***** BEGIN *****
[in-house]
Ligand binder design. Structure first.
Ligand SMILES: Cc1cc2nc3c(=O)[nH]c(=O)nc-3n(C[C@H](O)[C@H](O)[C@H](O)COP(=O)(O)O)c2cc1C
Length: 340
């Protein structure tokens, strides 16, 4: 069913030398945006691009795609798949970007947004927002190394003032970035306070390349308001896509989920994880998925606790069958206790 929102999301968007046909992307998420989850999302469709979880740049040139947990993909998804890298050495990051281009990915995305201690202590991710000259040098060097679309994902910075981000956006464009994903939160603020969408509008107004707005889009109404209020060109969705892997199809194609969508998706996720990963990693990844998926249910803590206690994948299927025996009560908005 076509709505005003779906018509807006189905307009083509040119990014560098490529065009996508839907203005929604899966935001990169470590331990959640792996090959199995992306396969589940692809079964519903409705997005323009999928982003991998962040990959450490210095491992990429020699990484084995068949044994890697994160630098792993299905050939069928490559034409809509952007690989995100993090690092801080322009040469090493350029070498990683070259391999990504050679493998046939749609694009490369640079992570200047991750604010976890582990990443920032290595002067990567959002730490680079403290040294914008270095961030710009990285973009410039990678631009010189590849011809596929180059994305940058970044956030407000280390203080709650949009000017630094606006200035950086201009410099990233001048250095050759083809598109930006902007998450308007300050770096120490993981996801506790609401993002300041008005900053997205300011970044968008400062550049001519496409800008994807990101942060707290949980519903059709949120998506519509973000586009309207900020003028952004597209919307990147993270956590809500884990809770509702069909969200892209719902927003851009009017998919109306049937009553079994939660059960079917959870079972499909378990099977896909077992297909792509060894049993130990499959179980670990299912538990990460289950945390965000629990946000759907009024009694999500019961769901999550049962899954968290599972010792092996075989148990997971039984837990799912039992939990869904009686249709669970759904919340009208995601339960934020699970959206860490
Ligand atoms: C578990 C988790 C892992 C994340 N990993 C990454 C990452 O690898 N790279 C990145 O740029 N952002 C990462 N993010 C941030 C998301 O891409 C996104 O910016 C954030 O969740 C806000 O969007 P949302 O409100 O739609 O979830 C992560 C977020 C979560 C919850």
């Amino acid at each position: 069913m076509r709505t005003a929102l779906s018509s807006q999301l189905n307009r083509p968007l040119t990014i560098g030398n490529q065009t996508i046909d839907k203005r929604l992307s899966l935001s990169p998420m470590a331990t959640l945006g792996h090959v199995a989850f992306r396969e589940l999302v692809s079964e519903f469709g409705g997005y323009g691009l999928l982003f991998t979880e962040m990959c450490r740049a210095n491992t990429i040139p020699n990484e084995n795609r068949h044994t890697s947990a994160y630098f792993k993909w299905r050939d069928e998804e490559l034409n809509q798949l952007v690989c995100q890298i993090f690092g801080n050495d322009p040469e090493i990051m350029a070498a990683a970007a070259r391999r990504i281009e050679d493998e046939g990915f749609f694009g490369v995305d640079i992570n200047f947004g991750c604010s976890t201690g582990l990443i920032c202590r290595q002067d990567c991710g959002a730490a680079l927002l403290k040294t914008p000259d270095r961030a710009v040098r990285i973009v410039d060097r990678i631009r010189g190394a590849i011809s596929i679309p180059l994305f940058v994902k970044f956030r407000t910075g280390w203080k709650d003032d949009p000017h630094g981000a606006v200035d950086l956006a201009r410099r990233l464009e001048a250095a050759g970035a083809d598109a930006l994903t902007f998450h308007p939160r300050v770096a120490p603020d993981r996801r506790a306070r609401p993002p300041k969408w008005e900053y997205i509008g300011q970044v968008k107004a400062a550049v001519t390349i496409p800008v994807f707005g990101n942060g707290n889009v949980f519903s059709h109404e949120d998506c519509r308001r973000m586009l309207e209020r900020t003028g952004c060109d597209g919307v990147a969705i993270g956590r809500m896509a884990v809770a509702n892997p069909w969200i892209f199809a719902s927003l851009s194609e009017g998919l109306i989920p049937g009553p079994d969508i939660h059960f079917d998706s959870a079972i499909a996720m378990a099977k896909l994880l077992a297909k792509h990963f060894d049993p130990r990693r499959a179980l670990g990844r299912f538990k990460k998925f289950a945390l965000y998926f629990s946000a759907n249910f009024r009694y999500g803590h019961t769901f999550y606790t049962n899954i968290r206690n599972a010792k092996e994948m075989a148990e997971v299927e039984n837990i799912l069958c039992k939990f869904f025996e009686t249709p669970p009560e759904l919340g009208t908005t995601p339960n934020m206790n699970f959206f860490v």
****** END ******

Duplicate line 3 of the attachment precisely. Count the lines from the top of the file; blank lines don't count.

Ligand SMILES: Cc1cc2nc3c(=O)[nH]c(=O)nc-3n(C[C@H](O)[C@H](O)[C@H](O)COP(=O)(O)O)c2cc1C